There is also a positive stress that comes with your partner making lifestyle changes to match yours. If you begin to exercise and eat healthier together, you and your family member or friend may both start to experience beneficial physical changes such as losing weight or improving your overall health.

You both may decrease your risk of developing other diseases and feel better overall because of the endorphins that are released. Also, making these changes together can strengthen your relationship, which is always favorable.

Financial impact

Any type of chronic illness is expensive, but diabetes can be pretty draining on the pockets. It is a lifelong disease that will always have costs associated with it. The younger that you are diagnosed with the disease, the more expensive your lifetime medical spending will be.

Also, the longer you have the disease, the more complications that you may develop from it.

The following are an average that people spend on their diabetes in a lifetime, depending on when they are diagnosed:

On a yearly basis, people with diabetes spend about $13,700 on their medical care and almost $8,000 of that is just for diabetes related care. Those with diabetes spend around 2.3 times more on medical costs than people without diabetes. Medical costs for individuals with diabetes include:

So why can this be a stressor for your family?

Because the dreams that you and your spouse had of retiring at the beach and buying a convertible are now replaced with co-pays, insurance claims, and buying medications. People put money away during their entire working career so that someday they can enjoy life.

But if that money now has to be spent on something else, it can be stressful. On the other hand, if you don’t have a lot of money saved, then it can be stressful because you have to figure out how you are going to afford groceries, medications and other expenses.

A few years ago, I remember my grandparents calling me because they needed to borrow money. The cost of my grandmother’s insulin pen was so much that they couldn’t afford the medication for her heart condition or to repair the truck. They were constantly worried about having to pay for their expenses and not being able to make it one month or the other.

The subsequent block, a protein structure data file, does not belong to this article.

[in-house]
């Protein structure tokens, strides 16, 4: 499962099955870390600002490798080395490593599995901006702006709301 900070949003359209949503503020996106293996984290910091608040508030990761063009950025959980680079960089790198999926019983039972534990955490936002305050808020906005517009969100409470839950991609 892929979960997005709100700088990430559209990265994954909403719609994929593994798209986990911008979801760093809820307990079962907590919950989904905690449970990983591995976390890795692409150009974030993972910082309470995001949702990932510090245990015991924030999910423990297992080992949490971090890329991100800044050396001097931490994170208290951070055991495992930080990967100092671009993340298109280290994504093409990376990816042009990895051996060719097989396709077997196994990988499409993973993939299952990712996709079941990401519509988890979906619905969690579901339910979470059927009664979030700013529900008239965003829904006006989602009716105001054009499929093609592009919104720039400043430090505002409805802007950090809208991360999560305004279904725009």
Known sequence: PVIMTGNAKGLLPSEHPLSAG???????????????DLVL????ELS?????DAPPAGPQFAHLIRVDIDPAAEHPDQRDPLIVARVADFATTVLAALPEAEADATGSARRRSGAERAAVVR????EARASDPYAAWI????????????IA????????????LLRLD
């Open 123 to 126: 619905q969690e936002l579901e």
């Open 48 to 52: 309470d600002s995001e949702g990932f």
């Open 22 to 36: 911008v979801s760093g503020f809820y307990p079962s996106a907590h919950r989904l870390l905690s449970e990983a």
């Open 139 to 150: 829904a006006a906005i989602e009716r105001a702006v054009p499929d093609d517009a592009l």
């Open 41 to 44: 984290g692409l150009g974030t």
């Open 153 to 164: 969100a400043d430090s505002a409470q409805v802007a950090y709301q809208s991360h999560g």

Don’t let this financial stress make you feel guilty. Your family wants to see you happy and healthy, which is why they stress about the cost of good healthcare for you. Just understand why they may be feeling frustrated so that you can try to work together for a great solution or ways to make it easier.


If your medication is costing too much, try to talk to your doctor or case manager about how to lower the cost. There may be generic options or other ways to save money.
In a study by TA Miller and MR DiMatteo entitled Importance of family/social support and impact on adherence to diabetic therapy, they demonstrate the positive impacts of social support on diabetes management.

If you are a family member of a person with diabetes, your support will positively contribute to their health outcomes. This includes stress management, higher self-efficacy, and influencing changes towards a positive lifestyle.

Tips on how to ensure a healthy family dynamics

In order to battle diabetes together as a family, you must have healthy dynamics. Otherwise, it can lead to a disaster. An article that I wrote called “Couples with Diabetes: What You Need to Know”, provides a lot of great information on how to function as a couple when one or both of you have diabetes.

Some quick tips from the article include:

If you still need more help after reading that article, seek help from a counselor that may be able to help you discover your issues and find ways to work through them.

Diabetes is a difficult and frustrating disease to face, and it is okay to have hurdles. Just remember that having a support system is key to success, so acknowledge the impact that your disease has on them so that you can make constructive progress.